An edited version of this story was published on VICE US
After more than 600 people were killed nationwide on Wednesday 14th August, the inevitable “Day of Anger” was called for by the Muslim Brotherhood. Aggrieved by the massacre of its followers following the crackdown on its 6-week-old sit-ins in Rabba Al Adawiya and Nahda areas, they organised over 20 marches to converge on central Cairo’s Ramses Square as a show of defiance to the military ‘coup’ and its massacres against their supporters.
Egyptian Armed Forces prepared for the protests by upping their security presence. Armoured Personnel Carriers set up positions all around downtown Cairo. Tahrir Square, the iconic ‘heart’ of the 2011 revolution had no less than two APCs at each of the streets leading into and out of the square – an unthinkable scenario not two months ago. The day before the protests were due, Interior Minister Mohamed Ibrahim officially permitted the use of live ammunition by Central Security Forces (CSF) were anyone to attack Governmental buildings.
The scene was set for an ineluctable extension of the bloodshed that Egypt has experienced since Mohamed Morsi’s deposition – at the time of writing, at least 100 people have lost their lives from today’s violence alone.
The protest in Ramses remained peaceful for all of an hour – highlighting the tinderbox like make-up of the political divergence. Generally accepted reports emerged of armed men attacking the nearby Asbakeya Police Station, thus triggering the violence. Pro-Muslim Brotherhood protest members staunchly deny any such act and claim that the police started firing without provocation.
“I have been here since the start, I tell you nobody did anything, they [the police] just attacked us…if anyone is shooting it is either police or counter-revolutionary thugs” claimed Mohamed Ali, a lifelong Muslim Brotherhood member.
The palpable change in atmosphere as one neared Ramses Square brought about a sickening anticipation. The questionable gunshots of before were now very real and very loud. A metronomic crack of a rifle rings out every 30 seconds or so, interrupting the drumming of the helicopters circling overhead. Every now and again, a short burst of heavy automatic fire can be heard. It’s impossible to know which direction the shooting was coming from, or who was doing it, but a group of men start anxiously pointing to a nearby bridge where a couple of APCs are parked. Still 200 metres from the Square, people were hugging the walls, crowding together behind the corners of buildings for cover.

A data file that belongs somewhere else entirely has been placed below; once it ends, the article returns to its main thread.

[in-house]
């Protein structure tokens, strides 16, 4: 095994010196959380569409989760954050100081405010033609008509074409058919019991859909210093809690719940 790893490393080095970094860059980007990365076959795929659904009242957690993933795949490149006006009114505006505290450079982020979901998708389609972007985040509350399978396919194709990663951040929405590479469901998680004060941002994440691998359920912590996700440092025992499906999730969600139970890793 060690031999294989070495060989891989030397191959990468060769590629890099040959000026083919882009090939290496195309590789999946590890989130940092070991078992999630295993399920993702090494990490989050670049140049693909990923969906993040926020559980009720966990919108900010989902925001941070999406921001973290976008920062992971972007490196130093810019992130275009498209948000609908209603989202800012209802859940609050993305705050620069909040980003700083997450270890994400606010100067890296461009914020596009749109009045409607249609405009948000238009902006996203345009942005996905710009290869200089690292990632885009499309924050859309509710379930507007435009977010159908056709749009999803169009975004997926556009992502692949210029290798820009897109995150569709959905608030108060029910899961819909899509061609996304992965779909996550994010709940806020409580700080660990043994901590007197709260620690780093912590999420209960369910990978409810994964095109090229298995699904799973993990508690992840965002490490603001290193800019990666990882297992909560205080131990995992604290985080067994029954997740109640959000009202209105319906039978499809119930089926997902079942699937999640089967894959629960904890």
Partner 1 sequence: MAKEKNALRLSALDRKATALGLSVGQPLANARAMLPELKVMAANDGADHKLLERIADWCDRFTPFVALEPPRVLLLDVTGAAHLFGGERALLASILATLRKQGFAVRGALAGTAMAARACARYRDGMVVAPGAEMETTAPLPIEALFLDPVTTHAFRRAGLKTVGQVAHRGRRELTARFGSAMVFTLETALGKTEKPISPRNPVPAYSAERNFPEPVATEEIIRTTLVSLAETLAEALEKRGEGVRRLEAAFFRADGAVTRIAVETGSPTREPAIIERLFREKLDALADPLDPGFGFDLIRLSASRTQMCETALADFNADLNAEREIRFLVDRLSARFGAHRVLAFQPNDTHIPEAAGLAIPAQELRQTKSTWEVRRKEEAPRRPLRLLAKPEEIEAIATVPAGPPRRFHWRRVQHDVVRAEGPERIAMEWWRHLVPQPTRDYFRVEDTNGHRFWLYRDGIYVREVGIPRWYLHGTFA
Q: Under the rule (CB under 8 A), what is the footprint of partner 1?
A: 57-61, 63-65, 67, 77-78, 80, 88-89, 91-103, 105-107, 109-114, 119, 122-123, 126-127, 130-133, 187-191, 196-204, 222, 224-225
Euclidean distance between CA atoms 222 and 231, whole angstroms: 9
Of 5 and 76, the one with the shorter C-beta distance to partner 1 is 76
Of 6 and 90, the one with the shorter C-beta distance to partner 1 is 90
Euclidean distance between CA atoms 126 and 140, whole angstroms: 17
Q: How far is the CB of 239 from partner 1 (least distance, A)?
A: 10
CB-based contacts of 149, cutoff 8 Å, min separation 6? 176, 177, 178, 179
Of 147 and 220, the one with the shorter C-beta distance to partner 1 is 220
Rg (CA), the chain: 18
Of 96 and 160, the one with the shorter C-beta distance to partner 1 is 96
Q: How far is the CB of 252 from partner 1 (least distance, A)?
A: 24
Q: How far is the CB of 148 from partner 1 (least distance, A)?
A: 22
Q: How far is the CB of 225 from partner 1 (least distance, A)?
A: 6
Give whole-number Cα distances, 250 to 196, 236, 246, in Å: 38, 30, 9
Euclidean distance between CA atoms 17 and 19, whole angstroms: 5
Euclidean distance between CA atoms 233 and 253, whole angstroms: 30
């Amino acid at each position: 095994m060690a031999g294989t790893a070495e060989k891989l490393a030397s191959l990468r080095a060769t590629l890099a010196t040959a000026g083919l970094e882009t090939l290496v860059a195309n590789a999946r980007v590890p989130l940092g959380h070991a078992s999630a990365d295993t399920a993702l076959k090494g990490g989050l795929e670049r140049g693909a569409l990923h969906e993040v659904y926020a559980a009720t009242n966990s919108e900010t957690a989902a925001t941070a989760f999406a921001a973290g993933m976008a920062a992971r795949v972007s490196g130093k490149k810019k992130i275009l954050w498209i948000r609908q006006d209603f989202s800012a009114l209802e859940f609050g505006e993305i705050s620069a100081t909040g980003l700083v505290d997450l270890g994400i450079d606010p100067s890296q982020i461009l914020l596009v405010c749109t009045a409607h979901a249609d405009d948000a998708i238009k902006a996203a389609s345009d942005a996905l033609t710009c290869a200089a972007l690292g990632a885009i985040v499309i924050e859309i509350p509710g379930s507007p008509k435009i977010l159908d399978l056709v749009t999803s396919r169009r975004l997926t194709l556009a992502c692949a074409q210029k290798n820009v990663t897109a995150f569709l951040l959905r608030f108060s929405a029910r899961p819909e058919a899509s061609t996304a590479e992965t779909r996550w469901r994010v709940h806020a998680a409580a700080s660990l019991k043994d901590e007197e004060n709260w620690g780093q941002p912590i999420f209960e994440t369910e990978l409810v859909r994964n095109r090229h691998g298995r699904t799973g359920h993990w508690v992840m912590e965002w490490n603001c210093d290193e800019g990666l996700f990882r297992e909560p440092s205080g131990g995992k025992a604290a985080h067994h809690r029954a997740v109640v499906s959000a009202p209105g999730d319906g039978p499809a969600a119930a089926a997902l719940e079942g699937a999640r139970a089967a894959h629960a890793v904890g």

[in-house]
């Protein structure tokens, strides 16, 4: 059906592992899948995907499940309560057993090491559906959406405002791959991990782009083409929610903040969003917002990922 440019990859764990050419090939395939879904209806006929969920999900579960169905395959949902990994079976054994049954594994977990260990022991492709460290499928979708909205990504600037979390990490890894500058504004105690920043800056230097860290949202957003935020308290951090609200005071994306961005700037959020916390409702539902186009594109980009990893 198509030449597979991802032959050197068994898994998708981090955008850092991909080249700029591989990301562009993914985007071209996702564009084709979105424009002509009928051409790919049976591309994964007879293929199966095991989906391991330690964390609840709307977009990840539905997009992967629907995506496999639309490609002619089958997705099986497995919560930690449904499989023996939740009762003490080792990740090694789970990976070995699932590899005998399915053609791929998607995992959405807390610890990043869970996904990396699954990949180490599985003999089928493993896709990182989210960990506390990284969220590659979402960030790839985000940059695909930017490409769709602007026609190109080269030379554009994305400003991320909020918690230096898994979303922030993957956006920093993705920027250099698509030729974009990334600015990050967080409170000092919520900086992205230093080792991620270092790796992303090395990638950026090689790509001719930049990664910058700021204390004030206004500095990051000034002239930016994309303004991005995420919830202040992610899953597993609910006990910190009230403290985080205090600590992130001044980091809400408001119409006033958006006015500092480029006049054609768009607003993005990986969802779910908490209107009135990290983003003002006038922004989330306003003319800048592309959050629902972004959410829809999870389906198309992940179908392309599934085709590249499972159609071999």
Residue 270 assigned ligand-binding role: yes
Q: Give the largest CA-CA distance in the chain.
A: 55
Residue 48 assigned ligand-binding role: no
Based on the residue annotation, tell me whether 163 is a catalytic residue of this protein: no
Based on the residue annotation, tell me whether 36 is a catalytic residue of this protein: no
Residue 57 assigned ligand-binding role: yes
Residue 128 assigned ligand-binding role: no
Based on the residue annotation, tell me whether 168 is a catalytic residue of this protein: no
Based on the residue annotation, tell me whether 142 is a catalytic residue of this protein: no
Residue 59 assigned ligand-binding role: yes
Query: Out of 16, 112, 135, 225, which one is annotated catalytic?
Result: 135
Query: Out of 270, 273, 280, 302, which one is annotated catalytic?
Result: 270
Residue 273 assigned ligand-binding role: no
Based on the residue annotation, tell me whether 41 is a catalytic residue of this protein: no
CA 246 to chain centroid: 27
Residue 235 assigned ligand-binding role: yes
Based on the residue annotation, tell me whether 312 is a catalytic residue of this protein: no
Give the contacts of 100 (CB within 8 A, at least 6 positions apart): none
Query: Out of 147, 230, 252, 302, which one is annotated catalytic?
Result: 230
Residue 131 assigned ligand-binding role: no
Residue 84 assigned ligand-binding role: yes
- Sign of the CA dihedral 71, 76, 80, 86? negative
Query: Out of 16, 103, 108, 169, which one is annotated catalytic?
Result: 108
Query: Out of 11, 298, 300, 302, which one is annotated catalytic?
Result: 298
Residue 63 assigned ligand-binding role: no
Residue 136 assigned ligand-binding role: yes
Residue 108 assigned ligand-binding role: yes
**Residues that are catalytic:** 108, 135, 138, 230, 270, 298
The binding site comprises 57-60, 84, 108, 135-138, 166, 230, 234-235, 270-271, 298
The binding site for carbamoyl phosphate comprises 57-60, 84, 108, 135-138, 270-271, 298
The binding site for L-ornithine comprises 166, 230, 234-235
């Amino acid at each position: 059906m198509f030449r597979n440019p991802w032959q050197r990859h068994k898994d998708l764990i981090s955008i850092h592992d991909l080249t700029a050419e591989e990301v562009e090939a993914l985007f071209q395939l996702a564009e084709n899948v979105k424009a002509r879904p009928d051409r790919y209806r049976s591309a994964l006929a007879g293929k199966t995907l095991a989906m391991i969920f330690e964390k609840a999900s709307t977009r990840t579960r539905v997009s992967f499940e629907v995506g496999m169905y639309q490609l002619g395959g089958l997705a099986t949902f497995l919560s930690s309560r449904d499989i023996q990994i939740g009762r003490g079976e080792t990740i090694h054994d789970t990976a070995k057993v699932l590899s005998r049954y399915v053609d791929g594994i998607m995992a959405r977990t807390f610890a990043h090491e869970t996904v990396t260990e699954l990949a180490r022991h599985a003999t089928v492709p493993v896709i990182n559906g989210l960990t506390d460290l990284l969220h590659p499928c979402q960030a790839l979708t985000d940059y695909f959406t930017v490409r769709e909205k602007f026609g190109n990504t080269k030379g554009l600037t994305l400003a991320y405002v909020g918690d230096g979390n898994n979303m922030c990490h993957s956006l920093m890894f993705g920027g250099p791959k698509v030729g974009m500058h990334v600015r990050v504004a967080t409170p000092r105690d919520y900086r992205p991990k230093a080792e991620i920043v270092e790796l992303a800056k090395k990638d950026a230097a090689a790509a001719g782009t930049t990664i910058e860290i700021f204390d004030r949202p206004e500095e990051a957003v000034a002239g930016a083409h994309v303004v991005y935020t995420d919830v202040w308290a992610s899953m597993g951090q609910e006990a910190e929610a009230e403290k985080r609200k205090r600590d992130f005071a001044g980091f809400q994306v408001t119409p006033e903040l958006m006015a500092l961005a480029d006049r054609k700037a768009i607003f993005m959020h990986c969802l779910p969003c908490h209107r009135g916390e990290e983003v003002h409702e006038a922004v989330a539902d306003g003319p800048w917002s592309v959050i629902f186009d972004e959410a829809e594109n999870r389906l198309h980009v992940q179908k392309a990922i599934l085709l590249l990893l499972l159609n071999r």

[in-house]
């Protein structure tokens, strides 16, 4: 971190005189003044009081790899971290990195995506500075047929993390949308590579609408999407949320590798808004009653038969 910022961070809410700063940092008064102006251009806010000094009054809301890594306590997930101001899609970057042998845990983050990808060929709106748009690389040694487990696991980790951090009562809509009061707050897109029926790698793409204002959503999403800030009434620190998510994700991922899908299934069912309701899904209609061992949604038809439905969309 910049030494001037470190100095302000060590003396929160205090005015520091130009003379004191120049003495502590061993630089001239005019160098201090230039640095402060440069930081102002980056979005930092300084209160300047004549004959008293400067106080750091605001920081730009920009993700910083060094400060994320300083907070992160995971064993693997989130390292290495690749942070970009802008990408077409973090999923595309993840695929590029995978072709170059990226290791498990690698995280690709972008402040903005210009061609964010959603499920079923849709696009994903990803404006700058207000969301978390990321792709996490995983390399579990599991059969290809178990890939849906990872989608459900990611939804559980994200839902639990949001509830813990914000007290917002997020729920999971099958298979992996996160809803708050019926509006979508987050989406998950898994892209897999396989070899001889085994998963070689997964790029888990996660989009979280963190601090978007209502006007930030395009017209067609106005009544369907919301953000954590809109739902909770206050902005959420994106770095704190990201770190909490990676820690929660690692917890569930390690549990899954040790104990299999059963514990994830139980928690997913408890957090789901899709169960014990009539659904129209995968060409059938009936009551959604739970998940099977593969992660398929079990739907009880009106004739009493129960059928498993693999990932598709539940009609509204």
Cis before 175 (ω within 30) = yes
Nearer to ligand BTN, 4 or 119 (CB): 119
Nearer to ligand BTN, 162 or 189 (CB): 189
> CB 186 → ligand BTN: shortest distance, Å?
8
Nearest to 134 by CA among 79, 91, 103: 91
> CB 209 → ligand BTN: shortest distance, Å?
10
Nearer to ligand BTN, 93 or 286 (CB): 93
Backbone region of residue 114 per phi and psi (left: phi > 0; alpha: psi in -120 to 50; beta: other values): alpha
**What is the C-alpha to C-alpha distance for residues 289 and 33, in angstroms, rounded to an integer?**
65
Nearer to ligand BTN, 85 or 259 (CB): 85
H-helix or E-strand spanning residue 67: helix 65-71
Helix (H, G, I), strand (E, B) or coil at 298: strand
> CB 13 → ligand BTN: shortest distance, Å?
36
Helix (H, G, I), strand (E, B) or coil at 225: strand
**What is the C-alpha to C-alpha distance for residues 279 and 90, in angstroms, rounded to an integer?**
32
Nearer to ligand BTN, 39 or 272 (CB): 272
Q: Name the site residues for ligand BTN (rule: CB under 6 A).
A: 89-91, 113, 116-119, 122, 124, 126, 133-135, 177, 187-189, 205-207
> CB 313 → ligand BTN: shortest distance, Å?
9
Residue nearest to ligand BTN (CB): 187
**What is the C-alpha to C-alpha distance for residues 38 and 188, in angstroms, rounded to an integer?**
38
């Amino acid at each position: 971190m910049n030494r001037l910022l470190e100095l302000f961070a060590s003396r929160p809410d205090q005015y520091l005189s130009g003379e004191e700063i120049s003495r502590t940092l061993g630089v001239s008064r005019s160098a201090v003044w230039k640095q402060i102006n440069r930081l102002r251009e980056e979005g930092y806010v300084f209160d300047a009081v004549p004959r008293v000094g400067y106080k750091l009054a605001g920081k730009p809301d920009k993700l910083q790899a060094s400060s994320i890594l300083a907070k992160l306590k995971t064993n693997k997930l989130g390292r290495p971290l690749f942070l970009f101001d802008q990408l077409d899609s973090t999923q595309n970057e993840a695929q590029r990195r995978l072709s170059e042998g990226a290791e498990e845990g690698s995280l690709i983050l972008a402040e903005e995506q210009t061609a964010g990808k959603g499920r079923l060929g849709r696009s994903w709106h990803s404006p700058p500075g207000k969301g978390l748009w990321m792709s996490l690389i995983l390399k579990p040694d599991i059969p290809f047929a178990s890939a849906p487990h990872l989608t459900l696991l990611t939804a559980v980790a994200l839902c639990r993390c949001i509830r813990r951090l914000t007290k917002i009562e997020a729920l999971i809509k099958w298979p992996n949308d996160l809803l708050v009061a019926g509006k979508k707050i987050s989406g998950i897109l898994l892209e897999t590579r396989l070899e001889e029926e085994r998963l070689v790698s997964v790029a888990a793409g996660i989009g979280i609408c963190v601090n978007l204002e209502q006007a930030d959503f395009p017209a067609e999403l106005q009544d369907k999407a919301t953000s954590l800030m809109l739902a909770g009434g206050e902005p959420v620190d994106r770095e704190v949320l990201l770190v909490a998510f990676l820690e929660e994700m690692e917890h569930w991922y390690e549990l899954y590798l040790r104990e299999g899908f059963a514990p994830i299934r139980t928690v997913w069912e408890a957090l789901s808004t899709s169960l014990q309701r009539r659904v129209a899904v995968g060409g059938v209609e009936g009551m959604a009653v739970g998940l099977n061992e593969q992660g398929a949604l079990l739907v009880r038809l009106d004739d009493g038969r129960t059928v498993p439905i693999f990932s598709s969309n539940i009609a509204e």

“Do you see us?” cried Mohamed Ali, “Do you see any weapons? We are peaceful and they are killing us, these dogs”. A man across the streets starts a chant of “The Interior Ministry are thugs” and everyone echoes his sentiment with full voice.
Despite not seeing any firearms myself, weapons were apparent and were being used by some. Egyptian State TV widely broadcast Brotherhood members firing assault weapons on 15 May bridge during a march towards Ramses Square. Later, the State TV showed the on-going clashes under the running banner “Egypt Fighting Terrorism” apparently refusing to appreciate the existence of any nuance in the chaos.
Not five minutes after speaking to Mohamed Ali I stumbled across two men on the periphery of the Square who were assembling Molotov cocktails from two leftover crates filled with empty, glass, coke bottles, one carefully placing pre-cut cloth into each of the bottles while the other carefully inspected each one. They reprimanded me as I tried to take a photo and pointed instead towards the police. “Take a photo of them, they’re the killers”.
The closer you were to the square the faster people moved, shadowing the buildings for cover. A 63-year-old retired Engineer approached asking to borrow my pen. On his left forearm he began to write a phone number and above it, his name ‘Wael’. “It’s my family’s number, just in case I am killed,” he explained to me. “I am not a supporter of Mohamed Morsi you must understand, I am just anti-army and anti-coup. I was there in Rabaa when they killed everyone, how can anyone support such a regime after seeing that?”
Just past Al Ahmar hospital, about 50 metres south of Ramses Square the gunshots became so loud they sounded like they were being fired from next to me. After one such bang, a man some 10 metres in front of me stumbled. A 50p-sized hole had appeared in his upper left arm, blood squirting out. After two steps, he fell over and in less than 30 seconds had been scooped up; his wound bandaged and he was placed on a scooter that took him to another hospital.
Immediately, people rushed to the locked gates of the Al Ahmar hospital. “We are dying here!” They yelled to the doctors standing inside. One man started shaking the gates so violently others had to restrain him, but not before more gunshots were heard, sending the crowd running for better cover.
Across the country violent clashes had endured, acceding to the age-old maxim that ‘violence begets violence’ and questioning the Armed Forces reasoning, that cracking down on the sit-ins was the first step to stability and security. With every death, another martyr is made and the divide between the Armed Forces and the Muslim Brotherhood grows. At this pace, it is beginning to seem impossible that a peaceful reconciliation can be made anytime soon.